The barely recognizable hulk of the Costa Concordia has made its final journey, to a dry dock in Italy, where it is to be cut up and recycled
Last Thursday five tugboats transferred the remnant of the cruise ship across the harbour in Genoa to a dry dock. Costa Concordia has been moored at the Molo Ex Superbacino dock in the Port of Genoa for the past 16 months. Crews have been dismantling the cruise ship from the top deck down so as to restore buoyancy to the hull. The crews removed the 30 sponsons that were attached to the ship during the parbuckling, refloating, and towing operations.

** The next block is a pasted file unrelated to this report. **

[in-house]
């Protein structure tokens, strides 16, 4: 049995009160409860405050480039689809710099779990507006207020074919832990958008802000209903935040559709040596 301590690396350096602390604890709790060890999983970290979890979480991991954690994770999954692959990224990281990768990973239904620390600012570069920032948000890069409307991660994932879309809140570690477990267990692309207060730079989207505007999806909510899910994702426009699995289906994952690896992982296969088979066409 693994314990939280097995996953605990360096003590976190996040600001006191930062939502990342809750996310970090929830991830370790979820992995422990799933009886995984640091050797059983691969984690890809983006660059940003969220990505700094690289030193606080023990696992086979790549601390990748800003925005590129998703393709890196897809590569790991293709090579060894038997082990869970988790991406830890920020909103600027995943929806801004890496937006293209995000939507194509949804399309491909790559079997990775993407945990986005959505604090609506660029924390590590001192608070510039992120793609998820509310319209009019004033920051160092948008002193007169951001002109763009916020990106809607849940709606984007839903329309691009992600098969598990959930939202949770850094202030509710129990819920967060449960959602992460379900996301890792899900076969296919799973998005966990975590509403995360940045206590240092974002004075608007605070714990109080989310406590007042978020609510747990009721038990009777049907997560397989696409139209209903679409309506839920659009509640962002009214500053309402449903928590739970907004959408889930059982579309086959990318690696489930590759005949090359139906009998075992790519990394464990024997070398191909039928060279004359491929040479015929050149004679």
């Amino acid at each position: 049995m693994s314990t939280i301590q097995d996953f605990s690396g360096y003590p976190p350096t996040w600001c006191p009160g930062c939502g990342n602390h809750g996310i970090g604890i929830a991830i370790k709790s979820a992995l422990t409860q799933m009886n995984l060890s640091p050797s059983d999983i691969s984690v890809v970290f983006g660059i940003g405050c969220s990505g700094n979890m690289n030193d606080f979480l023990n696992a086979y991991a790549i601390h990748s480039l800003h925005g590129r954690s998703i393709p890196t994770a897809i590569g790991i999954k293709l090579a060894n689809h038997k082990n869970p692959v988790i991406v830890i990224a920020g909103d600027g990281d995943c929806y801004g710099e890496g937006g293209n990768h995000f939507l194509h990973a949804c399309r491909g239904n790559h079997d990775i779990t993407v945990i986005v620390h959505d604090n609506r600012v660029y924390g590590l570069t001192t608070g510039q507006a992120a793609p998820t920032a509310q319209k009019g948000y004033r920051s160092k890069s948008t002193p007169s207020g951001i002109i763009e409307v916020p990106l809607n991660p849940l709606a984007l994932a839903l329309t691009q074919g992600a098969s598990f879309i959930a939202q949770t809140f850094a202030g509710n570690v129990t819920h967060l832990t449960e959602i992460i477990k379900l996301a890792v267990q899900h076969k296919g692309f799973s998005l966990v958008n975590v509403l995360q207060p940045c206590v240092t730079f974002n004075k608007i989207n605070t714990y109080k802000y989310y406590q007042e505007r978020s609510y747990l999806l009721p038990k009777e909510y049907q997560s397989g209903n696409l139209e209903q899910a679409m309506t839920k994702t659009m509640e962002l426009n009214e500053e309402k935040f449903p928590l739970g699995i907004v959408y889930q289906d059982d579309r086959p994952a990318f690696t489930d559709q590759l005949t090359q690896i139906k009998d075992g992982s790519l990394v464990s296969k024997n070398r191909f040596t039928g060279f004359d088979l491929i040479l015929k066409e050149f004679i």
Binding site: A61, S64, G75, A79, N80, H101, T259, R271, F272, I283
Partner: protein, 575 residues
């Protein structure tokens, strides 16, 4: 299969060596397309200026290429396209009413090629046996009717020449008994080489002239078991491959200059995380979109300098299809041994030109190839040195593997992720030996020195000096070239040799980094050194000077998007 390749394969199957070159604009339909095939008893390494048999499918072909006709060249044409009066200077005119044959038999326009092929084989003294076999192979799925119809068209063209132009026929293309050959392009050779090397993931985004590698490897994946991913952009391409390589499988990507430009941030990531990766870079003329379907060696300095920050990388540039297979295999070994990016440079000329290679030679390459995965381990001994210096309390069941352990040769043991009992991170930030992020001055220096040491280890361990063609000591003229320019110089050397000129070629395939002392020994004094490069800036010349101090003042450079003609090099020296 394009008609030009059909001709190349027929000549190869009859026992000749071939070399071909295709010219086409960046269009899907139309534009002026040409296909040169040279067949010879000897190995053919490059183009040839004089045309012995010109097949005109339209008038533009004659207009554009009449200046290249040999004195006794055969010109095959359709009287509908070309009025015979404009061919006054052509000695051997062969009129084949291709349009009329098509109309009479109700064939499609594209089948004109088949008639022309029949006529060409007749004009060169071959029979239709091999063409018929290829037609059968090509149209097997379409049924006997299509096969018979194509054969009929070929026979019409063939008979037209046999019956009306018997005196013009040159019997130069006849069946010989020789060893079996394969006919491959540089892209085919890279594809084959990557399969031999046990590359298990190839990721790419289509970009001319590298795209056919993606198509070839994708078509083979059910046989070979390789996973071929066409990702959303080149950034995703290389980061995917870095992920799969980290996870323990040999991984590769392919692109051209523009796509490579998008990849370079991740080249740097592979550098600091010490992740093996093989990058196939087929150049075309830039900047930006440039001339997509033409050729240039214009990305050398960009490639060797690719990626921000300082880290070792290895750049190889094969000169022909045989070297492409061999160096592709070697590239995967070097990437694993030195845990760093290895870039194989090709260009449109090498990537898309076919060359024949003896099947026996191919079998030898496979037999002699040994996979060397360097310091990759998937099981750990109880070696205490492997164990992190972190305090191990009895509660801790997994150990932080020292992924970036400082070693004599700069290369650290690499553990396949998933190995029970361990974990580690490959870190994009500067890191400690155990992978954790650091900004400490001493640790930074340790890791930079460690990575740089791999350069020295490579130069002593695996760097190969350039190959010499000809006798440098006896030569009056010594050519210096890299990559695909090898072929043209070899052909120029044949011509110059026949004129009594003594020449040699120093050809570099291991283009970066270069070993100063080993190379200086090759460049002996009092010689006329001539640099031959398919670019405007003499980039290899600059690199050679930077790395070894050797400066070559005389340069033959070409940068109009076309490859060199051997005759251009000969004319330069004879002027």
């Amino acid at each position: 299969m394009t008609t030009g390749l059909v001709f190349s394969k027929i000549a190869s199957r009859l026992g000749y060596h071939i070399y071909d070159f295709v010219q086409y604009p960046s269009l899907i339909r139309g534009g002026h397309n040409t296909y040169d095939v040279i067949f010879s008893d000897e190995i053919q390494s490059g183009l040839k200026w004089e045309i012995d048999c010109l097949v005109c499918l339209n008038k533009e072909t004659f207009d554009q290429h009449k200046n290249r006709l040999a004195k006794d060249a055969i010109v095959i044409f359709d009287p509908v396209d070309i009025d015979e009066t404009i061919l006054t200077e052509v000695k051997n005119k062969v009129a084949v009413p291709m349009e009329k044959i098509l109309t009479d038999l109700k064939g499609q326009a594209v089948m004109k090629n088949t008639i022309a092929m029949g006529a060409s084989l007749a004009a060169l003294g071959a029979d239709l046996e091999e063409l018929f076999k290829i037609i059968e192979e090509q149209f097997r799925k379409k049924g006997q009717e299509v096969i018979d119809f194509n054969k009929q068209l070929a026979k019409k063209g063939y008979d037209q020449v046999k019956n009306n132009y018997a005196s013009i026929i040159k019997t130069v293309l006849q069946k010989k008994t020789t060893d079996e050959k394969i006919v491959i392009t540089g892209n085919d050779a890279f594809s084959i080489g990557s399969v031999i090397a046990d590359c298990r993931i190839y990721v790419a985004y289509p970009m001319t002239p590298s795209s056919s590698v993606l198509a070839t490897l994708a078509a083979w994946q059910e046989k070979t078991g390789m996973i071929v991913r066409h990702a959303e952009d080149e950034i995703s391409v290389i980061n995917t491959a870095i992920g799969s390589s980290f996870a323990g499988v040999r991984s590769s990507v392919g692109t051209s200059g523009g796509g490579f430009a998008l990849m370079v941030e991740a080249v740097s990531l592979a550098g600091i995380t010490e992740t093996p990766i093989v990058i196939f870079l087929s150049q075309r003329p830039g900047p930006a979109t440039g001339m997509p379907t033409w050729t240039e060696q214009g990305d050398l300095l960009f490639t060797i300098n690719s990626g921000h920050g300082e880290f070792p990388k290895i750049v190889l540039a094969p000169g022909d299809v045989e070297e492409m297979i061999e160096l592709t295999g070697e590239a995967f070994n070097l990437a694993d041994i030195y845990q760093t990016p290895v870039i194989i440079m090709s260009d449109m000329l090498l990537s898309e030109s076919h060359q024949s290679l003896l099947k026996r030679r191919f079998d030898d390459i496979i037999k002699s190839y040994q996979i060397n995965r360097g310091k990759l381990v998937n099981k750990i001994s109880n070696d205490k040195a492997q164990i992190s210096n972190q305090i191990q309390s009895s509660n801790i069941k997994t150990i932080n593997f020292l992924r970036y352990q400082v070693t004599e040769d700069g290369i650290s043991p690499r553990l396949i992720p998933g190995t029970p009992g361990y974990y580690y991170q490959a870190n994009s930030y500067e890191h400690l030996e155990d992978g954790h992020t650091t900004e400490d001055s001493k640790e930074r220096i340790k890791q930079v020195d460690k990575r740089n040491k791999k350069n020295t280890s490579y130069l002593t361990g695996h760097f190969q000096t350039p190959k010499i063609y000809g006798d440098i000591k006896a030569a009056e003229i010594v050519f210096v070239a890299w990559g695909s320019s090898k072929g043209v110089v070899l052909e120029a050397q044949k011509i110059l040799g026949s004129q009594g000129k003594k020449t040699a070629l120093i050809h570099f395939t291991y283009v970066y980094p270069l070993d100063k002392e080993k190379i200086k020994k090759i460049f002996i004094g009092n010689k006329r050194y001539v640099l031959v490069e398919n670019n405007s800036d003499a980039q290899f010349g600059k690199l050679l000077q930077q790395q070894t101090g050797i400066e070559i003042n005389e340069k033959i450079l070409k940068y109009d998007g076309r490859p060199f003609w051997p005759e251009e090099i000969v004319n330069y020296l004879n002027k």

Costa Concordia capsized and partially sank close to Giglio, Italy, killing 32 passengers and setting off the largest (and most expensive) maritime salvage operation in history. The cost of the salvage operation ballooned to well over $1bn. Italian oil and gas industry contractor Saipem led the salvage consortium. The final destruction of the ship will be completed by early next year.